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Monday, February 26, 2018

Book Review: The Buddha of The Brothel by Kris Advaya

Title: The Buddha of the Brothel          Author: Kris Advaya
Category: Fiction
Publisher: Fingerprint Publishers
Price: 209
Pages: 336

The first impression this book has on you, is through its blurb which bears similarities and states out-rightly and surprisingly, that the book would appeal to "Shantaram" lovers. Though similar broadly, the trajectory of this book is very different. The blurb does no justice to its contents except for its declaration of being a "true story". That combined with the writing style was the reason I decided to review it.

A true story- a depiction of life is a fine concoction of a bland and as tasteful in different pockets, as life itself. This book does complete justice to this balance, that being its greatest merit. It unlike movies or some books that aim to make the reader enjoy, make a true story larger than life, the irony of which I could never appreciate. This is the story of the author, Kris from Slovenia, an emotional being troubled by his own share of life experiences comes to India to learn Ayurvedic massage. On this path to spirituality, he has practiced celibacy for years and yet one glance on Radha, a prostitute in Pune's red-light area, makes him fall in love. Love in these circumstances too is depicted in its reality, beginning with desire, growing further towards dreams of ever-lasting companionship. His mind is however not conflicted by feelings of being in love after ages, but the demons lie in the world his lady-love resides in. He tests his feelings on multiple levels and finds it to be true, however the inner workings of this world aren't as simple or solvable. Kris will have to, on every stage do a lot of questioning within himself, to come up with answers, for life. This is his life most critical and difficult mission. 

His journey through mostly the west and south India takes us sometimes to beautiful landscapes, and the travel writing was refreshingly good, making the reader travel. Though the repetitions of train journeys, each time could be avoided. In some part the book will delve deep, while the authors is in 'self-thinking" mode, and these are the most well written parts, the rest of it fades in comparison. The depths of Indian ashrams, sex market in the country, etc. is written about but these aspects aren't written in depths Shantaram went into with Mumbai underworld. If that is what you are looking for this book isn't for you.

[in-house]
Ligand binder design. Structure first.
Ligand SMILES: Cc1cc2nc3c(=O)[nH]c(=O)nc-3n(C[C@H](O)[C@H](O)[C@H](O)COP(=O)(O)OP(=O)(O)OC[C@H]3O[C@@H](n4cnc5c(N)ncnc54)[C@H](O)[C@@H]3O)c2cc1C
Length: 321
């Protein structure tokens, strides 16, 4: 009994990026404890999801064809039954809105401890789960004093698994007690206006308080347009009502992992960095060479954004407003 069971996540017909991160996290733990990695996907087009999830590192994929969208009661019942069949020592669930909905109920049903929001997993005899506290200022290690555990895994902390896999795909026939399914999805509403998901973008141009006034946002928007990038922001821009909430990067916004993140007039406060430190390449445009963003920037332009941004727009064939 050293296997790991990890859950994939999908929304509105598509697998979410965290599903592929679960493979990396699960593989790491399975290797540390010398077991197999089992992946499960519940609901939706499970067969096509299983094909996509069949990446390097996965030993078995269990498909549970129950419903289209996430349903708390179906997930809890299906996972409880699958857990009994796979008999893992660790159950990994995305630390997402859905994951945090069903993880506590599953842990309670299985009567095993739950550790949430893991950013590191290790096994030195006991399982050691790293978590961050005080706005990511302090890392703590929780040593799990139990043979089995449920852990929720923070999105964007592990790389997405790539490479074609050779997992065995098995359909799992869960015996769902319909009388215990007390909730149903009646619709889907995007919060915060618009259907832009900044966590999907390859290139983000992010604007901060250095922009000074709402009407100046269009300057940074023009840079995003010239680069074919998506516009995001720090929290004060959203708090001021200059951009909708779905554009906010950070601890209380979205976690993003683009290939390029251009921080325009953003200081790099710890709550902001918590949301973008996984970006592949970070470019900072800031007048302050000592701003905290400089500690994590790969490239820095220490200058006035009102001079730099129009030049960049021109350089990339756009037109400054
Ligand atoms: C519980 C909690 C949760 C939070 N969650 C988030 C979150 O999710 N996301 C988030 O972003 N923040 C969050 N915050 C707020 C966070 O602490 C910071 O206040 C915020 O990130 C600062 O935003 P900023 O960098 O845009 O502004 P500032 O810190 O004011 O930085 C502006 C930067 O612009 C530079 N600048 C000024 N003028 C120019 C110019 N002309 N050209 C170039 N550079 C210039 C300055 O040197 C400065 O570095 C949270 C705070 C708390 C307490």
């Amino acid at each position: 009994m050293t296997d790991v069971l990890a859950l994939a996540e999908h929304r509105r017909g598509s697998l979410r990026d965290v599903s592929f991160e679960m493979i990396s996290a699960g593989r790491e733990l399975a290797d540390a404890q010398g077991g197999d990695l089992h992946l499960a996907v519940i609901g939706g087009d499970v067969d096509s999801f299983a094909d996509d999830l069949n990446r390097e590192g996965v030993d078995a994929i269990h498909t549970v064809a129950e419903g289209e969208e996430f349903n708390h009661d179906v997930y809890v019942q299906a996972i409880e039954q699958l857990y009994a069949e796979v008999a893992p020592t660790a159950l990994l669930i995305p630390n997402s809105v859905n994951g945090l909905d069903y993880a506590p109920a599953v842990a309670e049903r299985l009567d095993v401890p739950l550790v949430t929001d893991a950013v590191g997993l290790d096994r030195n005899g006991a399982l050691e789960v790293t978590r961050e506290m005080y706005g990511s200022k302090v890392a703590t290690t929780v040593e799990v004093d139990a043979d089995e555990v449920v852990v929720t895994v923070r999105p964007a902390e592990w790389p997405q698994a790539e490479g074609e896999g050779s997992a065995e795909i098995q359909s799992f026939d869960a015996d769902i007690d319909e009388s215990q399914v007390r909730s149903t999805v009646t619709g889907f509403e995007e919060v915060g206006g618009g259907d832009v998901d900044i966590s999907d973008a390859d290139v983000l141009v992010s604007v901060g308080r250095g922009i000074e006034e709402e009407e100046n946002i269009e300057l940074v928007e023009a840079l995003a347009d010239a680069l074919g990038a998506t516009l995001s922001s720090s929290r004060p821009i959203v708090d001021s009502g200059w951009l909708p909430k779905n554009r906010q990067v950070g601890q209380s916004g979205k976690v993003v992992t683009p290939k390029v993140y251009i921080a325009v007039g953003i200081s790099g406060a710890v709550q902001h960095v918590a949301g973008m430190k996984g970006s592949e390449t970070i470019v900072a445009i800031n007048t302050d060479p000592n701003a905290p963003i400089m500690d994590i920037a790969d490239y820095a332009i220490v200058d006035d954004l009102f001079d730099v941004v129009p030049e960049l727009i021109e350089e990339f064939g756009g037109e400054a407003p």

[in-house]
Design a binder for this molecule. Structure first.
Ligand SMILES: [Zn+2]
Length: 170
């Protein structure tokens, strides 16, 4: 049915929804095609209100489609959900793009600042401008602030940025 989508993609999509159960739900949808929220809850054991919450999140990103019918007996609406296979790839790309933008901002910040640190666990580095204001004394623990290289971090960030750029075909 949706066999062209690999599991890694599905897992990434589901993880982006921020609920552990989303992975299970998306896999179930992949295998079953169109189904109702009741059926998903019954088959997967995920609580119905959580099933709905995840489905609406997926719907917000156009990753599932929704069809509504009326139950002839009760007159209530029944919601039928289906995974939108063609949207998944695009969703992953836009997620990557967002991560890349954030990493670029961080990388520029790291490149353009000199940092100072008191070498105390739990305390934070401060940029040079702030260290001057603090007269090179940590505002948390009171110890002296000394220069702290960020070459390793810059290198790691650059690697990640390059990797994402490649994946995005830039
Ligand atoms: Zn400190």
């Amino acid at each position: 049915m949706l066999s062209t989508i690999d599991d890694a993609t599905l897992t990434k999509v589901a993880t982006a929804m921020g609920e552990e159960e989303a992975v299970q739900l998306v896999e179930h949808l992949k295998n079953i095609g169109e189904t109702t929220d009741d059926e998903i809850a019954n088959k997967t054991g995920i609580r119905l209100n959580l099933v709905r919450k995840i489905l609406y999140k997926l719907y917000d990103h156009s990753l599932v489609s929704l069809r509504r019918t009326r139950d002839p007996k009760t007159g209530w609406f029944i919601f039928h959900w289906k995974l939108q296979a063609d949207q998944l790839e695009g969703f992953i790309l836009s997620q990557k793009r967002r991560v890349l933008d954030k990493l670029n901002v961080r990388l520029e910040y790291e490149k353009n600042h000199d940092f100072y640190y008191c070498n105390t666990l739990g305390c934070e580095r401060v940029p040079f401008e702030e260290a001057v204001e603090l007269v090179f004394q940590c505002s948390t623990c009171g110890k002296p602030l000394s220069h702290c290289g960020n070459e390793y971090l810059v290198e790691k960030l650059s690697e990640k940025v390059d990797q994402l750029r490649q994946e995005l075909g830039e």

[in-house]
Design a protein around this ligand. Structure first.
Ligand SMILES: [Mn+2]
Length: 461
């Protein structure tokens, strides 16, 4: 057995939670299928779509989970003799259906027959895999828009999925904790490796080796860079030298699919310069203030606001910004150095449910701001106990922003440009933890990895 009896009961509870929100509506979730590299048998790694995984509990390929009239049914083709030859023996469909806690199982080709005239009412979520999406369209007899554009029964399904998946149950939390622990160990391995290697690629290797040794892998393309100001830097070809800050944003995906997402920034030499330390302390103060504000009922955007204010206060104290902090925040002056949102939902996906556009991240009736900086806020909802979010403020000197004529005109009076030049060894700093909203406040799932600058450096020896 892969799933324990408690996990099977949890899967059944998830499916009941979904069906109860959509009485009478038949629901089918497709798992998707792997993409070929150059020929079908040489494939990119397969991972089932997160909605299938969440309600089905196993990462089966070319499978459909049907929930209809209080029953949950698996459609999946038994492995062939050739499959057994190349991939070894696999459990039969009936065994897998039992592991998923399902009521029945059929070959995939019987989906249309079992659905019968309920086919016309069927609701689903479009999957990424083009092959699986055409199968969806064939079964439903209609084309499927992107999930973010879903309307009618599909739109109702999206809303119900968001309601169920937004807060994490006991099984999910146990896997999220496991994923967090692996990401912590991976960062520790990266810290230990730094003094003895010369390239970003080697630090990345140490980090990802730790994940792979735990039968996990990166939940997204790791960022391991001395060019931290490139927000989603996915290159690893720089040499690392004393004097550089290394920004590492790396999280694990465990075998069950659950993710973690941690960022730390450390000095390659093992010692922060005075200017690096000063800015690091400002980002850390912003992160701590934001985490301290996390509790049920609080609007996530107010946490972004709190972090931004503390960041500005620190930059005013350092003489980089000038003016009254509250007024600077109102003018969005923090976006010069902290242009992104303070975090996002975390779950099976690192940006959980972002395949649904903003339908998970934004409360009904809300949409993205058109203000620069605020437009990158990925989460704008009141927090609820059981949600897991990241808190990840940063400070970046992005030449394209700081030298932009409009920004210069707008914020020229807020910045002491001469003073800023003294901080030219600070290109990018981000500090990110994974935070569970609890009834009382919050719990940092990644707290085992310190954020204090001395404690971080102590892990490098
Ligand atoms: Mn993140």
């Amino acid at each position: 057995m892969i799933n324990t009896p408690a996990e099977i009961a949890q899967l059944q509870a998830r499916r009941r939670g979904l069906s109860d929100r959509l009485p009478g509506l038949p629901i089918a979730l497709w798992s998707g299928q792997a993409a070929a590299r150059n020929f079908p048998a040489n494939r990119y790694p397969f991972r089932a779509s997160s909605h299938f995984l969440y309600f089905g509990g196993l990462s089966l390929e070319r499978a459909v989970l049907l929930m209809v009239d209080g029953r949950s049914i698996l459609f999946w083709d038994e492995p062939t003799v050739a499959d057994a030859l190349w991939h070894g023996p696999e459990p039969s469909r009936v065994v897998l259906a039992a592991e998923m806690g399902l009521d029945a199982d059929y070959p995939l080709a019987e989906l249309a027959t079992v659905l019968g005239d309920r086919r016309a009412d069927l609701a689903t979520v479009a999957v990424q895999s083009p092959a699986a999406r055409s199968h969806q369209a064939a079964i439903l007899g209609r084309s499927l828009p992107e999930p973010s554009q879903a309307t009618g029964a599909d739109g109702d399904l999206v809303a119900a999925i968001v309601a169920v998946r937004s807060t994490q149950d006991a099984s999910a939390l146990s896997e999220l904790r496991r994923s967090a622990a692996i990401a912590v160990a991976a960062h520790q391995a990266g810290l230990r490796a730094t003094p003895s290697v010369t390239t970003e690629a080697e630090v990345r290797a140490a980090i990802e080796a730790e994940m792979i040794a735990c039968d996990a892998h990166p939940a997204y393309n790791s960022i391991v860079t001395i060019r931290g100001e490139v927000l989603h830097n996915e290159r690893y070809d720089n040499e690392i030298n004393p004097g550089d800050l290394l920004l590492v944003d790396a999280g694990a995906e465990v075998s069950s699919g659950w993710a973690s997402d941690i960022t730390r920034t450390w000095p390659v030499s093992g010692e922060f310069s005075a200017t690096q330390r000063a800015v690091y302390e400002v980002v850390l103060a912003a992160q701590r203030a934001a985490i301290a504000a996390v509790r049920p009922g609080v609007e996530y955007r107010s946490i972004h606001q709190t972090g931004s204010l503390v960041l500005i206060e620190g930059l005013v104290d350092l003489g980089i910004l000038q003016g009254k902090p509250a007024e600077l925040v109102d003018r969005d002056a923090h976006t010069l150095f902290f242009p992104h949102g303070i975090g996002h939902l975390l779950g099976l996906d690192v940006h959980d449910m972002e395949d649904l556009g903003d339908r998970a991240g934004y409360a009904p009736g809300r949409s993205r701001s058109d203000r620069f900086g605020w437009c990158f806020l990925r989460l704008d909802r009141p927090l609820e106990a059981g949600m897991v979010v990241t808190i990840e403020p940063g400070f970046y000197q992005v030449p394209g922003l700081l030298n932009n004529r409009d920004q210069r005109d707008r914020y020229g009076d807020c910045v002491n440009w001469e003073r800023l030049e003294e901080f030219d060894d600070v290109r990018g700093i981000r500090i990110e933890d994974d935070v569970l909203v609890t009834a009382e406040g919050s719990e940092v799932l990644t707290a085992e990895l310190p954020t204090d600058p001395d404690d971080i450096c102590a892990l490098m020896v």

The book is a journey of finding oneself and love. It as all the elements of confusion, self questioning, experimentation, discovery, love, realizations and to some extent action. It is beautiful for it is relatable, for each of us at some stage of life or another (not as bizarre or dangerous as Kris's) have gone through this period of deep self questioning, self doubt and signals from the universe. We have received love from the barren lands, a warm smile from tormented lives and beauty in ugliest settings of the world. A few pages from a fellow beings life is what you will live through this book called - The Buddha of the Brothel.

RC Rating: 4/5.  A life story is always better than fiction. Recommended especially for lovers of the written word. The language is your treat, the metaphors your balm and wound too. 

About the Author: Kris Advaya emerged from the void in Yugoslavia in the spring of 1976. After crawling his way through a stint in the military, and already multilingual, he spent five years studying French, Russian, and literature at the University of Ljubljana. Always artistic, he spent most of these years writing songs and abusing an electric guitar while playing with his alternative rock band. Soon afterwards, life took him to India and its enticing ways, and he’s been trying to cure himself of nomadism ever since.

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